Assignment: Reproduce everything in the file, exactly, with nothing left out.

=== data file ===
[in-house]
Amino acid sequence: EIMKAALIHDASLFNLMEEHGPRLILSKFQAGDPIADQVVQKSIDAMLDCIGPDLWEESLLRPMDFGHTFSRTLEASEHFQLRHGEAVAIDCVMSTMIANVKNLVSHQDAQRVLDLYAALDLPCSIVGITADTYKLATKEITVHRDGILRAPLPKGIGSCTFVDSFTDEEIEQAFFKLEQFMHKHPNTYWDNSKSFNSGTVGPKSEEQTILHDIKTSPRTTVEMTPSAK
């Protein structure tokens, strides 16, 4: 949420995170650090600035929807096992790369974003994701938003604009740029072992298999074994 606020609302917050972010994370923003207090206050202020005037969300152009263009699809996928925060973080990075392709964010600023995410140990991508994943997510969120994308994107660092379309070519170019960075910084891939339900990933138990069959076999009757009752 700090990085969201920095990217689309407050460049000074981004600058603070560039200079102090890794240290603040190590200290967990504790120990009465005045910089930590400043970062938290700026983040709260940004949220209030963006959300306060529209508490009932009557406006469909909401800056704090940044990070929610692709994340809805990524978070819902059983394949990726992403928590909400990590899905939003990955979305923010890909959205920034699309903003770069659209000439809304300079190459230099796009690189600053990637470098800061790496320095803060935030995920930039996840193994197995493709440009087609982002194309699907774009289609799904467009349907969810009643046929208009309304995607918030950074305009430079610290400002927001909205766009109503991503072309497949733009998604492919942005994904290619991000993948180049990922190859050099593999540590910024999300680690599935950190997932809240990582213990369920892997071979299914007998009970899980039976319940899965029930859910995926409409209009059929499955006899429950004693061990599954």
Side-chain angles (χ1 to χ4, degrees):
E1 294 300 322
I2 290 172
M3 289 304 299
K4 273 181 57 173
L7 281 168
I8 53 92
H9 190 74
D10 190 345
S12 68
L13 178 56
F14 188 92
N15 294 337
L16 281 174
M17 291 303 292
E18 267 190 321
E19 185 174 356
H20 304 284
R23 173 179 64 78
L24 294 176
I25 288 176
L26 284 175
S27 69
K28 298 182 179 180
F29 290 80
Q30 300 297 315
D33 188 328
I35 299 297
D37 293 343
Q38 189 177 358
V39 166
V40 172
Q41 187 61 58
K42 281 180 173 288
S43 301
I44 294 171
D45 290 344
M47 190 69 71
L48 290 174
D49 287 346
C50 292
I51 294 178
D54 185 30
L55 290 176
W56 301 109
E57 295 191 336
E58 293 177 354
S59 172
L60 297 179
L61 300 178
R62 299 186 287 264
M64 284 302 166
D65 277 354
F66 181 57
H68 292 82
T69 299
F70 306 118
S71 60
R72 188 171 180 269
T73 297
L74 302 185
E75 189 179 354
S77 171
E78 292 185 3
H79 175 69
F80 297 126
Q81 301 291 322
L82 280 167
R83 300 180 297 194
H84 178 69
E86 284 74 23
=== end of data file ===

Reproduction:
[in-house]
Amino acid sequence: EIMKAALIHDASLFNLMEEHGPRLILSKFQAGDPIADQVVQKSIDAMLDCIGPDLWEESLLRPMDFGHTFSRTLEASEHFQLRHGEAVAIDCVMSTMIANVKNLVSHQDAQRVLDLYAALDLPCSIVGITADTYKLATKEITVHRDGILRAPLPKGIGSCTFVDSFTDEEIEQAFFKLEQFMHKHPNTYWDNSKSFNSGTVGPKSEEQTILHDIKTSPRTTVEMTPSAK
């Protein structure tokens, strides 16, 4: 949420995170650090600035929807096992790369974003994701938003604009740029072992298999074994 606020609302917050972010994370923003207090206050202020005037969300152009263009699809996928925060973080990075392709964010600023995410140990991508994943997510969120994308994107660092379309070519170019960075910084891939339900990933138990069959076999009757009752 700090990085969201920095990217689309407050460049000074981004600058603070560039200079102090890794240290603040190590200290967990504790120990009465005045910089930590400043970062938290700026983040709260940004949220209030963006959300306060529209508490009932009557406006469909909401800056704090940044990070929610692709994340809805990524978070819902059983394949990726992403928590909400990590899905939003990955979305923010890909959205920034699309903003770069659209000439809304300079190459230099796009690189600053990637470098800061790496320095803060935030995920930039996840193994197995493709440009087609982002194309699907774009289609799904467009349907969810009643046929208009309304995607918030950074305009430079610290400002927001909205766009109503991503072309497949733009998604492919942005994904290619991000993948180049990922190859050099593999540590910024999300680690599935950190997932809240990582213990369920892997071979299914007998009970899980039976319940899965029930859910995926409409209009059929499955006899429950004693061990599954």
Side-chain angles (χ1 to χ4, degrees):
E1 294 300 322
I2 290 172
M3 289 304 299
K4 273 181 57 173
L7 281 168
I8 53 92
H9 190 74
D10 190 345
S12 68
L13 178 56
F14 188 92
N15 294 337
L16 281 174
M17 291 303 292
E18 267 190 321
E19 185 174 356
H20 304 284
R23 173 179 64 78
L24 294 176
I25 288 176
L26 284 175
S27 69
K28 298 182 179 180
F29 290 80
Q30 300 297 315
D33 188 328
I35 299 297
D37 293 343
Q38 189 177 358
V39 166
V40 172
Q41 187 61 58
K42 281 180 173 288
S43 301
I44 294 171
D45 290 344
M47 190 69 71
L48 290 174
D49 287 346
C50 292
I51 294 178
D54 185 30
L55 290 176
W56 301 109
E57 295 191 336
E58 293 177 354
S59 172
L60 297 179
L61 300 178
R62 299 186 287 264
M64 284 302 166
D65 277 354
F66 181 57
H68 292 82
T69 299
F70 306 118
S71 60
R72 188 171 180 269
T73 297
L74 302 185
E75 189 179 354
S77 171
E78 292 185 3
H79 175 69
F80 297 126
Q81 301 291 322
L82 280 167
R83 300 180 297 194
H84 178 69
E86 284 74 23